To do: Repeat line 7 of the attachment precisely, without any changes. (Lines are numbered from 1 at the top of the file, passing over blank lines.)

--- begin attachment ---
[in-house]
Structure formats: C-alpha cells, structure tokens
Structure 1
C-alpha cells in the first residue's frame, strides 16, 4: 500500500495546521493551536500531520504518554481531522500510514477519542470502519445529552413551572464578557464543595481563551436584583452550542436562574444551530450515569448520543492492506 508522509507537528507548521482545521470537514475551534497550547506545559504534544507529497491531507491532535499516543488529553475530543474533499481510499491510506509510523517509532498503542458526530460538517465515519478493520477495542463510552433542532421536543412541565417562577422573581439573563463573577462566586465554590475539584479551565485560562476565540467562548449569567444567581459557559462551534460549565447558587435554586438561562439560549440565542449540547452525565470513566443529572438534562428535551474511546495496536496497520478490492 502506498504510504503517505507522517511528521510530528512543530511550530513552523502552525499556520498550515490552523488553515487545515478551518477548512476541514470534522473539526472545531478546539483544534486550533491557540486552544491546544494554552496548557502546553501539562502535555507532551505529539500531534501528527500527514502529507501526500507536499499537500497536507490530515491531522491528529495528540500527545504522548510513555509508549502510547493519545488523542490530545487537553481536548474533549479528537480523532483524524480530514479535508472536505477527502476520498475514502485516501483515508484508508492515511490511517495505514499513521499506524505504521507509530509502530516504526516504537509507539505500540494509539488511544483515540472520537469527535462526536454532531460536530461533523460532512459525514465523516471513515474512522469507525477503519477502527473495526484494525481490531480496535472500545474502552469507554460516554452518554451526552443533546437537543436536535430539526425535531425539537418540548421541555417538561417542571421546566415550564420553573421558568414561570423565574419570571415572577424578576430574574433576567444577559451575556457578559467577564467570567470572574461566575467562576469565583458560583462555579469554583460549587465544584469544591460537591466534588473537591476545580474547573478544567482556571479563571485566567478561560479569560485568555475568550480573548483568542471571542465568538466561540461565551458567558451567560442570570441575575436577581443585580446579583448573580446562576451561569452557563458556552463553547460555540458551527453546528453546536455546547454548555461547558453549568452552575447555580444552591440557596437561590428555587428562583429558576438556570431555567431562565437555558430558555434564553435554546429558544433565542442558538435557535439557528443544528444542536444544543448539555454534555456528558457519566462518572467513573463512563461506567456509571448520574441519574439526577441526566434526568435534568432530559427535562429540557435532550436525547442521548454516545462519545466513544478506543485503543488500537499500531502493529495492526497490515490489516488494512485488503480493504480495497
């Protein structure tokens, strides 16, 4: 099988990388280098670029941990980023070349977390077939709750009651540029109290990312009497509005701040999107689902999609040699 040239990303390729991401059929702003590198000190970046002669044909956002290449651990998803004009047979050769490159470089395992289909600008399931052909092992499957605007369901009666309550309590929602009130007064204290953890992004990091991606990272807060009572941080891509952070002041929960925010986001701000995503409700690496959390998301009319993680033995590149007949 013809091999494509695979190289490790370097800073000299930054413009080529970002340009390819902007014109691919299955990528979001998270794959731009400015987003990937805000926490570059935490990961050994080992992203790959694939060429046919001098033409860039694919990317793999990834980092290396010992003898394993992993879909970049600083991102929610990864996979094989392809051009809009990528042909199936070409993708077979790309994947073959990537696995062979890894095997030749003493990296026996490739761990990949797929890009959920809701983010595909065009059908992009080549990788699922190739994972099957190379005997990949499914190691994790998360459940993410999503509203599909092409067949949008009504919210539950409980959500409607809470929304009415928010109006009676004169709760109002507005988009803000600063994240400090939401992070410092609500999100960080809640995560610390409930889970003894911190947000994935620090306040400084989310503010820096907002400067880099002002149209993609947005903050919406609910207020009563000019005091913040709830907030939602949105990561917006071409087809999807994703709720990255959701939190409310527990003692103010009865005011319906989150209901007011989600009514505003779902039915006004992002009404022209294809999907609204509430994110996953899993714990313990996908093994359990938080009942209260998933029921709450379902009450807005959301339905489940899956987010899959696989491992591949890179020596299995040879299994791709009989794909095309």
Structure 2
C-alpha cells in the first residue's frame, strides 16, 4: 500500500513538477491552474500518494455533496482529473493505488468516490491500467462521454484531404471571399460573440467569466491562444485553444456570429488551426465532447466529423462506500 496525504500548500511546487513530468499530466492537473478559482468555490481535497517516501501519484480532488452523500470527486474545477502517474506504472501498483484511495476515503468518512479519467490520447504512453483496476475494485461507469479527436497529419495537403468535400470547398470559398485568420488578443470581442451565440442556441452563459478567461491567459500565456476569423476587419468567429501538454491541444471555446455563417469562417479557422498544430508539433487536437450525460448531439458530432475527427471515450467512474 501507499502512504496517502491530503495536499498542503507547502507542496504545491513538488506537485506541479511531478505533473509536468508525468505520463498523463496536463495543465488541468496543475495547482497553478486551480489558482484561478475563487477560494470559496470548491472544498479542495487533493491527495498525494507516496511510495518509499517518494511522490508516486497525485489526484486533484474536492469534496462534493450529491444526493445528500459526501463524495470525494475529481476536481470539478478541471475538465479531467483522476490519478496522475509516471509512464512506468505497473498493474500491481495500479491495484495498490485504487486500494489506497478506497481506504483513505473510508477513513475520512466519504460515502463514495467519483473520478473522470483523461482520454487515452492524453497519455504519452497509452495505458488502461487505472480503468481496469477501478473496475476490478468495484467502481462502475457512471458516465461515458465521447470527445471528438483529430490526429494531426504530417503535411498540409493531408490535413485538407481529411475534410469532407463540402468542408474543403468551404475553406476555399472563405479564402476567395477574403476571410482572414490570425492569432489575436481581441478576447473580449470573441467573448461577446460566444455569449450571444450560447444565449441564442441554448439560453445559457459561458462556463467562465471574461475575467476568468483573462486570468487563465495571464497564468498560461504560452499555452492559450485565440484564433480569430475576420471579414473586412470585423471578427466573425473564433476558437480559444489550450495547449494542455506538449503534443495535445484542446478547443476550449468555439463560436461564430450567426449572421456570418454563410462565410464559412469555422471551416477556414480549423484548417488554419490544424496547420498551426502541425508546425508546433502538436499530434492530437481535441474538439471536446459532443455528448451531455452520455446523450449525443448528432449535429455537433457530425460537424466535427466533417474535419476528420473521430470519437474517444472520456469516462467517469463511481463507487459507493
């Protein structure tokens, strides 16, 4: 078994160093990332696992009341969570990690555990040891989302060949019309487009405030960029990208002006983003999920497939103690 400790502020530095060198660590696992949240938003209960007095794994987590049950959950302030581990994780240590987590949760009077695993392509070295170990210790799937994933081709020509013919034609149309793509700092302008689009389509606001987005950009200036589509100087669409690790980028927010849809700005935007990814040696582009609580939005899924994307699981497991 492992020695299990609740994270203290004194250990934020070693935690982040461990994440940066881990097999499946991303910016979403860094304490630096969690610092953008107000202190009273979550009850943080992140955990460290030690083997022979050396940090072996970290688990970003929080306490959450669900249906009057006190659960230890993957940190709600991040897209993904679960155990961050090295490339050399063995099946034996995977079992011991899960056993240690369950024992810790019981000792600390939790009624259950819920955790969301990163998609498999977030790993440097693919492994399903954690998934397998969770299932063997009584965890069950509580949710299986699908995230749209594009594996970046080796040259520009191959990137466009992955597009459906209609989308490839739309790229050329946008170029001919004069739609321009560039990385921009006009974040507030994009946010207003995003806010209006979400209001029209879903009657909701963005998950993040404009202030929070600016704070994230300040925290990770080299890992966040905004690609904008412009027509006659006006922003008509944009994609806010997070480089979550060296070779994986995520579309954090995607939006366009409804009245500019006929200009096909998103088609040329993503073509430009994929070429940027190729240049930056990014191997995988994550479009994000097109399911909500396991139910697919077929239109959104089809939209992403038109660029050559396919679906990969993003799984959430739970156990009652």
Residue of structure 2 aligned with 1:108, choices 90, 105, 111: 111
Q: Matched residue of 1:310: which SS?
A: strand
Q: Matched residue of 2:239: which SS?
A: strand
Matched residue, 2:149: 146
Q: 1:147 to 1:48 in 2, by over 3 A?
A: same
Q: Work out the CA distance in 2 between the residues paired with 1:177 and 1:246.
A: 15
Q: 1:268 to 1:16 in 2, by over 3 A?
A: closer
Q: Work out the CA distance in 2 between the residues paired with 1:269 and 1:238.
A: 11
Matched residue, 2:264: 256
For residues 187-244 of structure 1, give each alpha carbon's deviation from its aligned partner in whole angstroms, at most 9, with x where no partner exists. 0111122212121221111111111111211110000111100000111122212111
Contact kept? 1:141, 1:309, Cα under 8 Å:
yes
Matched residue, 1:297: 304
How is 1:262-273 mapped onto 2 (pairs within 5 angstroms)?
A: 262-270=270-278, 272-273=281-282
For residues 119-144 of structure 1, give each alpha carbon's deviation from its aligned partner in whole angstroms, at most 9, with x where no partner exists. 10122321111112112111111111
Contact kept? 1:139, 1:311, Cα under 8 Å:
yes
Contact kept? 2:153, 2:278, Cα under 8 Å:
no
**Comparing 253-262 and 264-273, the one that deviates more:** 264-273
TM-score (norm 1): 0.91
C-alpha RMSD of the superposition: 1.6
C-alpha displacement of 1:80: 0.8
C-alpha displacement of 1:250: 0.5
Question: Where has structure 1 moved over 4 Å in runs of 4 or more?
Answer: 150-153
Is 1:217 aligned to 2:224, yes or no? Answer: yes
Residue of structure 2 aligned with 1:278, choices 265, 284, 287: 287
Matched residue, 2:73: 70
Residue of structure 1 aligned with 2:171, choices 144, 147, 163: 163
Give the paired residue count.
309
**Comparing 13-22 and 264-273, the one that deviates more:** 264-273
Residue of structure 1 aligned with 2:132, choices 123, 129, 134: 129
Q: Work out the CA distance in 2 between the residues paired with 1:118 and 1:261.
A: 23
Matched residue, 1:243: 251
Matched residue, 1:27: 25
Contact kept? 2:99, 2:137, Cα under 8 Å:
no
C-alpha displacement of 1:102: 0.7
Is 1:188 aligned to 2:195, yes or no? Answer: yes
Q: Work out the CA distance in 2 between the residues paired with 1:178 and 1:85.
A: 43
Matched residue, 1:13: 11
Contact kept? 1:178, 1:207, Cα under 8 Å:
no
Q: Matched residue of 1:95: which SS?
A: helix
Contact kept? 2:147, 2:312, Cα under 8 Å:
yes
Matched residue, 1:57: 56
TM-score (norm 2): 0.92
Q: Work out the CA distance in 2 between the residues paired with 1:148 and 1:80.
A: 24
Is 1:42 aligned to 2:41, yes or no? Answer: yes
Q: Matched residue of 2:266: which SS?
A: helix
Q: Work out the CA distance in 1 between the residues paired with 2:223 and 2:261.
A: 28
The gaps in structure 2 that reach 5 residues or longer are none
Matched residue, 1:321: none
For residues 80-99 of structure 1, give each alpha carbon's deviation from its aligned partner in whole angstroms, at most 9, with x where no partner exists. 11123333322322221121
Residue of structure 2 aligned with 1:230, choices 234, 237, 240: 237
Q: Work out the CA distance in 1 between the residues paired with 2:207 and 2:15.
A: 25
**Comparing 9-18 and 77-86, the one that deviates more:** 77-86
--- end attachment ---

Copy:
C-alpha cells in the first residue's frame, strides 16, 4: 500500500513538477491552474500518494455533496482529473493505488468516490491500467462521454484531404471571399460573440467569466491562444485553444456570429488551426465532447466529423462506500 496525504500548500511546487513530468499530466492537473478559482468555490481535497517516501501519484480532488452523500470527486474545477502517474506504472501498483484511495476515503468518512479519467490520447504512453483496476475494485461507469479527436497529419495537403468535400470547398470559398485568420488578443470581442451565440442556441452563459478567461491567459500565456476569423476587419468567429501538454491541444471555446455563417469562417479557422498544430508539433487536437450525460448531439458530432475527427471515450467512474 501507499502512504496517502491530503495536499498542503507547502507542496504545491513538488506537485506541479511531478505533473509536468508525468505520463498523463496536463495543465488541468496543475495547482497553478486551480489558482484561478475563487477560494470559496470548491472544498479542495487533493491527495498525494507516496511510495518509499517518494511522490508516486497525485489526484486533484474536492469534496462534493450529491444526493445528500459526501463524495470525494475529481476536481470539478478541471475538465479531467483522476490519478496522475509516471509512464512506468505497473498493474500491481495500479491495484495498490485504487486500494489506497478506497481506504483513505473510508477513513475520512466519504460515502463514495467519483473520478473522470483523461482520454487515452492524453497519455504519452497509452495505458488502461487505472480503468481496469477501478473496475476490478468495484467502481462502475457512471458516465461515458465521447470527445471528438483529430490526429494531426504530417503535411498540409493531408490535413485538407481529411475534410469532407463540402468542408474543403468551404475553406476555399472563405479564402476567395477574403476571410482572414490570425492569432489575436481581441478576447473580449470573441467573448461577446460566444455569449450571444450560447444565449441564442441554448439560453445559457459561458462556463467562465471574461475575467476568468483573462486570468487563465495571464497564468498560461504560452499555452492559450485565440484564433480569430475576420471579414473586412470585423471578427466573425473564433476558437480559444489550450495547449494542455506538449503534443495535445484542446478547443476550449468555439463560436461564430450567426449572421456570418454563410462565410464559412469555422471551416477556414480549423484548417488554419490544424496547420498551426502541425508546425508546433502538436499530434492530437481535441474538439471536446459532443455528448451531455452520455446523450449525443448528432449535429455537433457530425460537424466535427466533417474535419476528420473521430470519437474517444472520456469516462467517469463511481463507487459507493